U.S. Federal Reserve Chair Janet Yellen takes her seat to testify before the House of Representatives Financial Services Committee on Capitol Hill in Washington July 16, 2014. Yellen said the U.S. economic recovery remains incomplete, with a still-ailing job market and stagnant wages justifying loose monetary policy for the foreseeable future. Reuters

When the Federal Reserve’s policy-making committee makes its highly anticipated announcement on Wednesday afternoon, market watchers expect the central bank to soon end its quantitative easing program, which has injected billions of dollars into the economy and lifted inflation, and to imply that an interest rate hike is no longer a “considerable time” away.

Throughout the recovery from the 2008-2009 financial crisis, the Fed has used its asset-purchase program to keep interest rates at a historic low, allowing businesses and consumers to borrow money cheaply and finance purchases like investments, homes and cars. Employment has risen, but Fed officials disagree about how this should affect their policy regarding interest rates, meant to keep prices stable.

Since March, the Fed has said an interest rate hike would take place a "considerable time" after its quantitative easing program ends.

"If that language wasn’t softened at Wednesday’s meeting, then it will surely be next month," said Paul Dales, U.S. economist at Capital Economics.

The Fed has been steadily reducing its asset purchases this year, starting from $85 billion per month. Economists say the Fed on Wednesday will likely announce another $10 billion per month scaleback in its asset-purchase program, bringing them to $15 billion per month and likely ending the program in October.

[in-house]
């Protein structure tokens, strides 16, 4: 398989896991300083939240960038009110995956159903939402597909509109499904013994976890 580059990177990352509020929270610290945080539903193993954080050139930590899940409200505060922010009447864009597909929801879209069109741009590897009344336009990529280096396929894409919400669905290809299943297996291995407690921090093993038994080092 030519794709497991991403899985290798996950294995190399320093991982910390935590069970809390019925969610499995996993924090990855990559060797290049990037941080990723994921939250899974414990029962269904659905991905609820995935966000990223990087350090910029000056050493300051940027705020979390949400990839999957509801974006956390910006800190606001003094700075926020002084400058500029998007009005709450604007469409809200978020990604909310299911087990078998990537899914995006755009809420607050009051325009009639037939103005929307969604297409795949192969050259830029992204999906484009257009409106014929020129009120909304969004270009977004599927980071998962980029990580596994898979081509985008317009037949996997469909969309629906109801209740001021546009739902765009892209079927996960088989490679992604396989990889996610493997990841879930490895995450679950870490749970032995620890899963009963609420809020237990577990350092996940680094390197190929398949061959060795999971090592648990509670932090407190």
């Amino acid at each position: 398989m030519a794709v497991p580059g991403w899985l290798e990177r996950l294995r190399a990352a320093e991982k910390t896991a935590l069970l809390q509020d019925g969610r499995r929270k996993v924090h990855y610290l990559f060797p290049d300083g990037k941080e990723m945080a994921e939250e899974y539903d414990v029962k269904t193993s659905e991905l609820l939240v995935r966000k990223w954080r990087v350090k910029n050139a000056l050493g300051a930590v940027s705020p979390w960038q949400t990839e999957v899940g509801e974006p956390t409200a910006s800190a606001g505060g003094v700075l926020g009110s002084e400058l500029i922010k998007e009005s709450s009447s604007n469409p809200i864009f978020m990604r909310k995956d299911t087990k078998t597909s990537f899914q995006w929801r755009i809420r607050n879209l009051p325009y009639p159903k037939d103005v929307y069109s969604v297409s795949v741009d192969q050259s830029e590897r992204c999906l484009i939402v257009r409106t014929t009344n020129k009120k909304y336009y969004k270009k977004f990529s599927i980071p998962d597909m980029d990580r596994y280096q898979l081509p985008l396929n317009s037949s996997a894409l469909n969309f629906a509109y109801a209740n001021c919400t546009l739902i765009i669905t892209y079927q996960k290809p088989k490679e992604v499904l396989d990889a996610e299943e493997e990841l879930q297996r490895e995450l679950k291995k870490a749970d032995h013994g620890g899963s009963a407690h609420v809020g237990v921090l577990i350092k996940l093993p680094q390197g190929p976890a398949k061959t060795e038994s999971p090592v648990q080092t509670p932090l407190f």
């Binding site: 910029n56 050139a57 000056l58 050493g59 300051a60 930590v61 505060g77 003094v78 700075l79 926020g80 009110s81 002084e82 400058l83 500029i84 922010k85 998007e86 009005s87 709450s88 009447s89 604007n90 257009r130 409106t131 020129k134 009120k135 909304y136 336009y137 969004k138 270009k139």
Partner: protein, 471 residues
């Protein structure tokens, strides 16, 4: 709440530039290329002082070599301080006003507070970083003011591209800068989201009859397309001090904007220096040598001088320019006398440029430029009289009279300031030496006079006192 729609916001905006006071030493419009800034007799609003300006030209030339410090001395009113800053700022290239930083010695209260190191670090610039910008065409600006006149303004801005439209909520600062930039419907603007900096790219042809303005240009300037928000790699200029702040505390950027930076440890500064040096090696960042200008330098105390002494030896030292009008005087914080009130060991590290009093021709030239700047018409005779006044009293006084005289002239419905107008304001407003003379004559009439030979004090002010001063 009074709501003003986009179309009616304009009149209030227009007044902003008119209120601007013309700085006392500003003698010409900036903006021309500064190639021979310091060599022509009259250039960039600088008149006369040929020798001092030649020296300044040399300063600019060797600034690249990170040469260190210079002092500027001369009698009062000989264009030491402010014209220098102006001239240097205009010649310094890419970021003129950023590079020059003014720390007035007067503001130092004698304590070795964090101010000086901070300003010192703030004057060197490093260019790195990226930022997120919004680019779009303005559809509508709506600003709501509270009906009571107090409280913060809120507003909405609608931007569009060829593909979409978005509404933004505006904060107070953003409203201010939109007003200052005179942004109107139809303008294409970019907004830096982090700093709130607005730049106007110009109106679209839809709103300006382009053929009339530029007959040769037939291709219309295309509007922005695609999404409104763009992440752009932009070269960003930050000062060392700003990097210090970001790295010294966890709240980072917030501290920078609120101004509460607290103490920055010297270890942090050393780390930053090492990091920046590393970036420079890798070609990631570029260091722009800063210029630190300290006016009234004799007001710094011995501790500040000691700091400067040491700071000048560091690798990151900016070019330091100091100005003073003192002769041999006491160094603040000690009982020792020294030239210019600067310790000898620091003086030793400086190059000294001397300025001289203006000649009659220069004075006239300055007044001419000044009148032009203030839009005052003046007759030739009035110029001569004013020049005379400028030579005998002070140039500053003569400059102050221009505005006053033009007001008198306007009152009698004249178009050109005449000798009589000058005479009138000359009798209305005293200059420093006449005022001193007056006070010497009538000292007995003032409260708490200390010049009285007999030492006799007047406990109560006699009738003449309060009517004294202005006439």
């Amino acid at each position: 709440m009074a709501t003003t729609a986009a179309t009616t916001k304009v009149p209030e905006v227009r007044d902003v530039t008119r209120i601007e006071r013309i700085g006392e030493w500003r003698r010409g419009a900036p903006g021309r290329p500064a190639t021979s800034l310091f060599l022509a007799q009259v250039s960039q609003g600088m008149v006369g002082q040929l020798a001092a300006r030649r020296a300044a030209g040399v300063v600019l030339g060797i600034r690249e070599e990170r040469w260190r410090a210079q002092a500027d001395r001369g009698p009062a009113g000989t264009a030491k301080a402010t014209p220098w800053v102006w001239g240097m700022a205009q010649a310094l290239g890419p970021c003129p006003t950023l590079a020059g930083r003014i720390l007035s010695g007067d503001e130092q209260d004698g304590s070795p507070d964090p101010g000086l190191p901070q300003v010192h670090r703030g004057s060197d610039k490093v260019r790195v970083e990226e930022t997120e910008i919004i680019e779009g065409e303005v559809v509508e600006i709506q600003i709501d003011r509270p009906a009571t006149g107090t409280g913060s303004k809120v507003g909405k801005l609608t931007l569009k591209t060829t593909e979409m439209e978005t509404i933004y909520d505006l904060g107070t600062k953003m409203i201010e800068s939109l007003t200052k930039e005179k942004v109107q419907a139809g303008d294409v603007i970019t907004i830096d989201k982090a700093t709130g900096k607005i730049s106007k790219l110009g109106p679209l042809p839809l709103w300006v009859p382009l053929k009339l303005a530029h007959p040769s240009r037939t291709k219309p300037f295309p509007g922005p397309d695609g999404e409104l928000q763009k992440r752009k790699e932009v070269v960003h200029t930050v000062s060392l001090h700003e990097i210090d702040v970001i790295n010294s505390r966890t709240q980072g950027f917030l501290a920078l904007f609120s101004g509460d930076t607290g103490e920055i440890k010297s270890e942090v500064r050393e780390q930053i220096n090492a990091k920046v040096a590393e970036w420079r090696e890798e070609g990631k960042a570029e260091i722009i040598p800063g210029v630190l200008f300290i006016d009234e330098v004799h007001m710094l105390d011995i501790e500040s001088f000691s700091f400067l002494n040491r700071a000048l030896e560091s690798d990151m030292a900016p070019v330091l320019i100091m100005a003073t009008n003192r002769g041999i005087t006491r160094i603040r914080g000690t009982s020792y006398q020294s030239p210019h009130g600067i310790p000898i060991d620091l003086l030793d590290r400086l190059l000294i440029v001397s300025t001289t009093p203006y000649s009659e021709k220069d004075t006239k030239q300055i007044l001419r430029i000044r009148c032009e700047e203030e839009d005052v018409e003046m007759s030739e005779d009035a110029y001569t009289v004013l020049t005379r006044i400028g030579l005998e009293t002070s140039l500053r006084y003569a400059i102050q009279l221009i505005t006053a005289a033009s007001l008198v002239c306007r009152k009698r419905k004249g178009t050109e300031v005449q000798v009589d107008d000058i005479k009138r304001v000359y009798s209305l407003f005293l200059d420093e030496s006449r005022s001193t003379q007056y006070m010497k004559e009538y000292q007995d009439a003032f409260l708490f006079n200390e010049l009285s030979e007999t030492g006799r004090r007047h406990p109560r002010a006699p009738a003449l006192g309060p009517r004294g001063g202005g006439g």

That would shift the Fed’s focus to the timing of an interest rate hike. At an annual meeting in August, Fed Chair Janet Yellen said the central bank officials were questioning how many job searchers relative to jobs exist, data that’s hard for economists and government to capture accurately, and disputing how that slack in the labor market should affect the timing of rate hikes.

“The message that they’re going to convey is that they don’t have a date circled on the calendar for when they will raise interest rates,” said Greg McBride, chief financial analyst for Bankrate.com. “They will say they are data-dependent, watching the economic data come and trying to gauge at what point the economy is healthy enough to raise interest rates.”

The Federal Open Market Committee will issue a statement at 2 p.m. with its latest Summary of Economic Projections with forecasts through 2017, followed by a press conference with Yellen at 2:30 pm.